Journal article

Molecular pathways disrupted by gestational diabetes mellitus

Caitlyn Nguyen-Ngo, Nanthini Jayabalan, Carlos Salomon, Martha Lappas

JOURNAL OF MOLECULAR ENDOCRINOLOGY | BIOSCIENTIFICA LTD | Published : 2019

Abstract

Gestational diabetes mellitus (GDM) imposes serious short- and long-term health problems for mother and baby. An effective therapeutic that can reduce the incidence of GDM and improve long-term maternal and fetal outcomes is a major research priority, crucially important for public health. A lack of knowledge about the underlying pathophysiology of GDM has hampered the development of such therapeutics. What we do know, however, is that maternal insulin resistance, low-grade inflammation and endothelial cell dysfunction are three central features of pregnancies complicated by GDM. Indeed, data generated over the past decade have implicated a number of candidate regulators of insulin resistanc..

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Grants

Awarded by NHMRC


Awarded by National Health and Medical Research Council (NHMRC)


Awarded by Fondo Nacional de Desarrollo Cientifico y Tecnologico (FONDECYT)


Funding Acknowledgements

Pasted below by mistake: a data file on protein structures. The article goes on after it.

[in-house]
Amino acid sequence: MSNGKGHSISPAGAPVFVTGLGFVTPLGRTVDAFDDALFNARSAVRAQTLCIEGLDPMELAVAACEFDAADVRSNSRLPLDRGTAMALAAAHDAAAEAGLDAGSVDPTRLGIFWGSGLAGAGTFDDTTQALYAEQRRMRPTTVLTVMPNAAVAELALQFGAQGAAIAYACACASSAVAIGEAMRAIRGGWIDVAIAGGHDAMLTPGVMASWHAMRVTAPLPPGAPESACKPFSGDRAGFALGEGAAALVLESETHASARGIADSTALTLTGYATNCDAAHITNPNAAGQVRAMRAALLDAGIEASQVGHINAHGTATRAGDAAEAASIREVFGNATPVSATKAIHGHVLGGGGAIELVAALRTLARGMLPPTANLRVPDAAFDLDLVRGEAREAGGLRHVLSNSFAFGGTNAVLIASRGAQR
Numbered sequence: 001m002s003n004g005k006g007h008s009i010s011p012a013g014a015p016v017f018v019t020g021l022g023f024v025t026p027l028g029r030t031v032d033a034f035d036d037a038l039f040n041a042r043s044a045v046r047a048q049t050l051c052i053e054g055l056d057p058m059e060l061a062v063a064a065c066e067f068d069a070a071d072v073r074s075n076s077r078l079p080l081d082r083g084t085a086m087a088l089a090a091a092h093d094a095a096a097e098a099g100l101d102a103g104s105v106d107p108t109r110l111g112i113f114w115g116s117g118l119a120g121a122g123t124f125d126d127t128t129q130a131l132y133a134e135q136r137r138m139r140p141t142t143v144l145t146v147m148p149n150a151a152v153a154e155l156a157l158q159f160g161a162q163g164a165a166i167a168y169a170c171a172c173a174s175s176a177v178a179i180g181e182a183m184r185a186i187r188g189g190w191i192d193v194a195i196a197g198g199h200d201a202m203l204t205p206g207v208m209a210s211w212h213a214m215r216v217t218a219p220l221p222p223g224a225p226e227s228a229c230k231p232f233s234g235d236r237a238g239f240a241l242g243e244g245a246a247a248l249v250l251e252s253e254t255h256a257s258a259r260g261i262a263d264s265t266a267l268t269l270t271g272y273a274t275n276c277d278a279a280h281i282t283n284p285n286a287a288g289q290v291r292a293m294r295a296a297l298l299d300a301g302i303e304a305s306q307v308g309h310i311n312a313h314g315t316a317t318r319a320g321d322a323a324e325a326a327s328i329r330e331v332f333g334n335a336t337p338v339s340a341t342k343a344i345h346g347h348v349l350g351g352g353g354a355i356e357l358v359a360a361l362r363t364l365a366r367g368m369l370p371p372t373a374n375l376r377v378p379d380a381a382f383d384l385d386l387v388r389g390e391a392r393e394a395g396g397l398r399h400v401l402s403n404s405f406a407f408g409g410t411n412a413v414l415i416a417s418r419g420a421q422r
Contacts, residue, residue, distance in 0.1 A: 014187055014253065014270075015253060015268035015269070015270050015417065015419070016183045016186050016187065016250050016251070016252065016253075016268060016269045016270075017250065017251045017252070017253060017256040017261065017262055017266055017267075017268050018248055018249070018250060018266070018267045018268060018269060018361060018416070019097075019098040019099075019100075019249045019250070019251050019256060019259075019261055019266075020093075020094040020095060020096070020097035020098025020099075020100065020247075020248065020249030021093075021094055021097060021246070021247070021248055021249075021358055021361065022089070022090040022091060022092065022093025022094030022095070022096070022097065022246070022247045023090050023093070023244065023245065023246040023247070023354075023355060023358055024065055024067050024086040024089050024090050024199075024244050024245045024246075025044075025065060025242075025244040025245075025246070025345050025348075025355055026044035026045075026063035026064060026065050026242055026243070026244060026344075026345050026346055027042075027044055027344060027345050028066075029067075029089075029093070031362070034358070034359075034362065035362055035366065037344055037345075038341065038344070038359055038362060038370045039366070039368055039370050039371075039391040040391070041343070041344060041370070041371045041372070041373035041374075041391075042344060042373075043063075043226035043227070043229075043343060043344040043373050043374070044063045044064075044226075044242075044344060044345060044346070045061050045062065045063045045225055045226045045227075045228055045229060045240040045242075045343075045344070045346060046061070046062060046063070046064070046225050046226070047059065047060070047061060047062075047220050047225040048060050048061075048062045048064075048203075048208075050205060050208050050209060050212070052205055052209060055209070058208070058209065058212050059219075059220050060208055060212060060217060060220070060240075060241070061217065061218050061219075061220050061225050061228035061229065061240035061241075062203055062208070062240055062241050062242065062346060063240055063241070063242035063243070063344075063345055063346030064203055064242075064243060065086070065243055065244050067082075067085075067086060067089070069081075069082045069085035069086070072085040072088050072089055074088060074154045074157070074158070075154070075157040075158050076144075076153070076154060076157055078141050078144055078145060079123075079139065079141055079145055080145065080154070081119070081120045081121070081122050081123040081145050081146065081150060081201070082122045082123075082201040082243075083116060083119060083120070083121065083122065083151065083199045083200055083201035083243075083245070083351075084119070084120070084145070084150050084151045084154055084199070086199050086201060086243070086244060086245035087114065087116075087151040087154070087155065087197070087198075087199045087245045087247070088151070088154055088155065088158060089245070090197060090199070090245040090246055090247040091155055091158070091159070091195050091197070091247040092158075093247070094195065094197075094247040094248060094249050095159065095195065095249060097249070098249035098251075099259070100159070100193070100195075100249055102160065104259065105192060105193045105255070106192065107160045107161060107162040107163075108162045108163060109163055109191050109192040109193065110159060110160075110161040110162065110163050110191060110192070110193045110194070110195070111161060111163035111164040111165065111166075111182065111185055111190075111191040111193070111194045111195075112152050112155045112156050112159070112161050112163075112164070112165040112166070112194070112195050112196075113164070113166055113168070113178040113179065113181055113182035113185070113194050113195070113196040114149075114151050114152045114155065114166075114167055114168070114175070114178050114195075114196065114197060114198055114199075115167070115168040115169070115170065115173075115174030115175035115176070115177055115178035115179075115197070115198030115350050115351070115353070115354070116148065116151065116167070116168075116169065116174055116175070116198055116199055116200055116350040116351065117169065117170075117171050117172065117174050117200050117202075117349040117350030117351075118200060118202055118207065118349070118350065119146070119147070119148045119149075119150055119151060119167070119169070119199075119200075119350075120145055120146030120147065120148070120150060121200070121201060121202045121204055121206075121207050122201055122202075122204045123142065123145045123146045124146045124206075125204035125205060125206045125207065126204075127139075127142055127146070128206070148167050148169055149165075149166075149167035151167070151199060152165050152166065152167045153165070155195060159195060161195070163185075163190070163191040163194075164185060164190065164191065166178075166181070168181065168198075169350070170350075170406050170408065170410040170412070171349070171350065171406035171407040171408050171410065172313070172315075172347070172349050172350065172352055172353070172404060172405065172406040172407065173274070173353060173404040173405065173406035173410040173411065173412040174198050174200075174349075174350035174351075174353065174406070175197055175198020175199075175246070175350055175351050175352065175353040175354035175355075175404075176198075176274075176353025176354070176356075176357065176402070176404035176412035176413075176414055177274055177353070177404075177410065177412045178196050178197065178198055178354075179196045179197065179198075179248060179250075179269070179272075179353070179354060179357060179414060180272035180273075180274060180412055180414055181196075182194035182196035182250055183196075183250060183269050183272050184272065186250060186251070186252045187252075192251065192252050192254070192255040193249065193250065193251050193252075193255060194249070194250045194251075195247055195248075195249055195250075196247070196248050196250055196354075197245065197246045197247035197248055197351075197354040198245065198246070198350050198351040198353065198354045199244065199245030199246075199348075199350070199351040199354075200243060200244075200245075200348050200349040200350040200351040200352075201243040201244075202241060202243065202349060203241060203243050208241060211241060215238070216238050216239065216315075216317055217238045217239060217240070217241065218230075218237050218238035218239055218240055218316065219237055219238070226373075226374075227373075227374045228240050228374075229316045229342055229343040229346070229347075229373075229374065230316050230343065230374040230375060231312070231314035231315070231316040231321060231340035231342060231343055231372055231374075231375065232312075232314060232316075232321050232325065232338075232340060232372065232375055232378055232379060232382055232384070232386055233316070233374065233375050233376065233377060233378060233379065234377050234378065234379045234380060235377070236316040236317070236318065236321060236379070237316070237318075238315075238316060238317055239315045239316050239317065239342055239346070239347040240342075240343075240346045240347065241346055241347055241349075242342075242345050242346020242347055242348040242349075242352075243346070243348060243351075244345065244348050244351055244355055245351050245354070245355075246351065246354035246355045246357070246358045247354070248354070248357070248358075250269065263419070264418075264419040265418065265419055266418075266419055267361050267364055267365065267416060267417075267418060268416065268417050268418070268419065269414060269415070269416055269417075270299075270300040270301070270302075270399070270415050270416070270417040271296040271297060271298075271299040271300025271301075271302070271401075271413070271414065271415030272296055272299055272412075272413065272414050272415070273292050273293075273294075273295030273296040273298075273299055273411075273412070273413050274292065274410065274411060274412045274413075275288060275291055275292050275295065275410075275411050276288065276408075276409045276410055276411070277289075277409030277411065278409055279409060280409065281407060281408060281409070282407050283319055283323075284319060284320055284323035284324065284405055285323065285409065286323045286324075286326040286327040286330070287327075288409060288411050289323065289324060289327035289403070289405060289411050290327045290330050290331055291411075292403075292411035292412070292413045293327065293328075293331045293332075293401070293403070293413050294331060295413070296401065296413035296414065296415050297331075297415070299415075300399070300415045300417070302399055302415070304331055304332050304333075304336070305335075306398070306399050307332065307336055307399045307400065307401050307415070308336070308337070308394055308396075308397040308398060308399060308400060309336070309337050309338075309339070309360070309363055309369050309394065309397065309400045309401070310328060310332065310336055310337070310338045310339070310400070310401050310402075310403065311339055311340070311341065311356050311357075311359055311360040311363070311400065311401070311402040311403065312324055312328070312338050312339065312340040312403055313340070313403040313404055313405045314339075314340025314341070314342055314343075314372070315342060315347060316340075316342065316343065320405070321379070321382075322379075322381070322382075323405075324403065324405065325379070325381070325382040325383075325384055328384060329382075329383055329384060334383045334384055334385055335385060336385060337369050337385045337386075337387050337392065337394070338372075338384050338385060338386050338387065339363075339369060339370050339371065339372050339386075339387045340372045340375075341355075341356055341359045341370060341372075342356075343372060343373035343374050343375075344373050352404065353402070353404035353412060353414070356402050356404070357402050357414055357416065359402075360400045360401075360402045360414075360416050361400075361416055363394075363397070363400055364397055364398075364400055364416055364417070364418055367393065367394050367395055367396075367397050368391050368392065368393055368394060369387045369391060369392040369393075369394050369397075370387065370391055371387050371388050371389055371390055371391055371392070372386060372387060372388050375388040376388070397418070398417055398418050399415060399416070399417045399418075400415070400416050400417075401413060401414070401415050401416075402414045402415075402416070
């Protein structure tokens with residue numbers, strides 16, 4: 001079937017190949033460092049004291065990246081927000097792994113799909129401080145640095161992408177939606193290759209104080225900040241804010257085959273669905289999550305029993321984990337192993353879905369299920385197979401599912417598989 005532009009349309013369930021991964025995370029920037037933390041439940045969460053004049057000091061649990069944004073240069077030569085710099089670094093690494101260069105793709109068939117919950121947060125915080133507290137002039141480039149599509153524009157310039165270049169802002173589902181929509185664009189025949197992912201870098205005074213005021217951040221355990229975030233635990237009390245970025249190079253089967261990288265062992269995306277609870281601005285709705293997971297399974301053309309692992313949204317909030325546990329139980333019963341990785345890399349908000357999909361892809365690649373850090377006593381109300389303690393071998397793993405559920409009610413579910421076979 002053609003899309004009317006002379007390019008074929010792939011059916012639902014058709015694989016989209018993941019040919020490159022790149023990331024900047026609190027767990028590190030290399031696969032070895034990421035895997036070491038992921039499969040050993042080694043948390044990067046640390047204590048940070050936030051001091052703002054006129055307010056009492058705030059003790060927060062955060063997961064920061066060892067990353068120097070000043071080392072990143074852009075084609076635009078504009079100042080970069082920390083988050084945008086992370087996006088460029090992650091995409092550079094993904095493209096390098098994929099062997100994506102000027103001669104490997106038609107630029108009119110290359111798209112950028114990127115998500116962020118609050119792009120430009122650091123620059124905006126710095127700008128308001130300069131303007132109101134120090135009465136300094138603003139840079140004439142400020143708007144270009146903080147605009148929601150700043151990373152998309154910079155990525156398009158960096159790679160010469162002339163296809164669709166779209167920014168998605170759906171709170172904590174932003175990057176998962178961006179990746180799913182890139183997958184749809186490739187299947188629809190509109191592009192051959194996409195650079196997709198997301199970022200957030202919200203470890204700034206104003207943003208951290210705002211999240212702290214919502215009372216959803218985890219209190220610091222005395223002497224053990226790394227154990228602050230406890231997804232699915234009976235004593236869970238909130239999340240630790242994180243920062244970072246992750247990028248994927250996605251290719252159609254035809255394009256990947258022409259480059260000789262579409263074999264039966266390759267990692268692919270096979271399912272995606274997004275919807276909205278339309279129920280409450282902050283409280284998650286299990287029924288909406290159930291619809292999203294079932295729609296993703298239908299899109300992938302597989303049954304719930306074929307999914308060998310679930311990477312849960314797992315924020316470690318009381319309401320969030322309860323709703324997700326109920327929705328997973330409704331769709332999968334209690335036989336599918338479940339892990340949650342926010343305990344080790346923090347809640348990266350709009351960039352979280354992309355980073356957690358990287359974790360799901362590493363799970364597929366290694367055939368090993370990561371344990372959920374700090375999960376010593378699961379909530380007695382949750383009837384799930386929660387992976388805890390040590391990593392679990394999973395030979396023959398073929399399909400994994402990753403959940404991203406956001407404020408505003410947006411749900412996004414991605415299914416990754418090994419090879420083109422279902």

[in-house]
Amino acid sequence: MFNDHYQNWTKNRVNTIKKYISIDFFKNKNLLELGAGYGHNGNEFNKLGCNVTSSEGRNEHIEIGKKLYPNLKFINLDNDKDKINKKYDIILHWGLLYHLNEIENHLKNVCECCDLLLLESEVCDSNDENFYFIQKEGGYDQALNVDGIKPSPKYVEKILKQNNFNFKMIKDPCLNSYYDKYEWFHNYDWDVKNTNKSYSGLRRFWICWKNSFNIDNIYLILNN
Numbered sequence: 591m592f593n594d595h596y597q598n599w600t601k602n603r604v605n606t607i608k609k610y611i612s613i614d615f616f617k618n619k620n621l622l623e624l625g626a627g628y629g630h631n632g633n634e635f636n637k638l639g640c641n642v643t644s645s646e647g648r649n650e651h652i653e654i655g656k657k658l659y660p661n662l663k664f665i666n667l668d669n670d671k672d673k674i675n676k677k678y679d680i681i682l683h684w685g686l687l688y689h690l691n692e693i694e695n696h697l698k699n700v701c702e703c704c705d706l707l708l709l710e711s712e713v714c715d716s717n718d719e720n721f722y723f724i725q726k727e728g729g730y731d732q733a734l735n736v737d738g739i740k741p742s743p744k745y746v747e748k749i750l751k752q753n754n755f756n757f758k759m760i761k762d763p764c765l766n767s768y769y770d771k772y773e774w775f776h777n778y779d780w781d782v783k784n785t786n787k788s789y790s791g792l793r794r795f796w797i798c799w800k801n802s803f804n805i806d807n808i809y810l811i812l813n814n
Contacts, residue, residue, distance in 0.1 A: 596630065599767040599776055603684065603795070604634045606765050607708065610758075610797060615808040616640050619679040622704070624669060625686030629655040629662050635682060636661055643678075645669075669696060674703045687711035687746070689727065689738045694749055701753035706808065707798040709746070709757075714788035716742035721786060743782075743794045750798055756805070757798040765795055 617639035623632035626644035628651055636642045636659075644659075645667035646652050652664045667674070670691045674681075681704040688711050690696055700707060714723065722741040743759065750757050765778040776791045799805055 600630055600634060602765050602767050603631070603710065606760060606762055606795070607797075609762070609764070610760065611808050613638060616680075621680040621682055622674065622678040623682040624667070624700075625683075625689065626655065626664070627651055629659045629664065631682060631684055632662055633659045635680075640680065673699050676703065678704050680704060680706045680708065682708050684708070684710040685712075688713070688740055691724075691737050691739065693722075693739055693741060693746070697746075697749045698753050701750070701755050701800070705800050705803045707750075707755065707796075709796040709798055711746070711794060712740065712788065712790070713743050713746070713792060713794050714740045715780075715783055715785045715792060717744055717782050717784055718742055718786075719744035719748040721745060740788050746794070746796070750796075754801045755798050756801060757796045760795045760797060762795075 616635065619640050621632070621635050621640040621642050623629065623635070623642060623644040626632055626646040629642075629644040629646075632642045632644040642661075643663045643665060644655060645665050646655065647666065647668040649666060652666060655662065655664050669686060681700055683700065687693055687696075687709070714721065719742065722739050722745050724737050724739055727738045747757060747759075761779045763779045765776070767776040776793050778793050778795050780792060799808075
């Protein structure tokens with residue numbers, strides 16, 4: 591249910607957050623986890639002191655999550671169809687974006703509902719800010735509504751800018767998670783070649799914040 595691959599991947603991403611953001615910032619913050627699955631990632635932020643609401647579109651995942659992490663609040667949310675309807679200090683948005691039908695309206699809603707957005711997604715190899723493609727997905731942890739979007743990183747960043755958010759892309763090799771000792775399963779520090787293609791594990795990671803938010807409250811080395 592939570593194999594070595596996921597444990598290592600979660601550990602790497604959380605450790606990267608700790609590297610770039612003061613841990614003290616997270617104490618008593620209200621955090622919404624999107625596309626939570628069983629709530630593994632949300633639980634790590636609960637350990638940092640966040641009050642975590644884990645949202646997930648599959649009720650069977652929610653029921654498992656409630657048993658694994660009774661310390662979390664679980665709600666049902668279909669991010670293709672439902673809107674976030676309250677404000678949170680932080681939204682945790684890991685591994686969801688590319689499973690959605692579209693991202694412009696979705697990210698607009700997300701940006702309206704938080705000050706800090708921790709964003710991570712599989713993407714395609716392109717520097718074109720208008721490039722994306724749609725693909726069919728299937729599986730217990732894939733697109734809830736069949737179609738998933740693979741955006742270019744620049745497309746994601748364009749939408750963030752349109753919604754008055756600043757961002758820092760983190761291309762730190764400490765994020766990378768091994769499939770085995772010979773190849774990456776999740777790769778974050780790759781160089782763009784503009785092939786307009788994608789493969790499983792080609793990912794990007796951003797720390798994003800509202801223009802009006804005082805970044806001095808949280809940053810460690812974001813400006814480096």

Associate Professor Martha Lappas is supported by a Research Fellowship from the Department of Obstetrics and Gynaecology (University of Melbourne) and a Faculty Fellowship from the University of Melbourne. Caitlyn Nguyen-Ngo is supported by an Australian Government Research Training Program (RTP) Scholarship. Nanthini Jayabalan is supported by Scholarship of Public Service Department of Malaysia (JPA). The work from M Lappas's laboratory was funded by project grants from NHMRC (grant no. 454310), Norman Beischer Medical Research Foundation, Diabetes Australia, Melbourne Research Grant Scheme (MRGS), ANZ Charitable Trust (Medical Research and Technology Grant), and Mercy Research Foundation. Dr Carlos Salomon is supported by Lions Medical Research Foundation, National Health and Medical Research Council (NHMRC; 1114013), Diabetes Australia, and Fondo Nacional de Desarrollo Cientifico y Tecnologico (FONDECYT 1170809).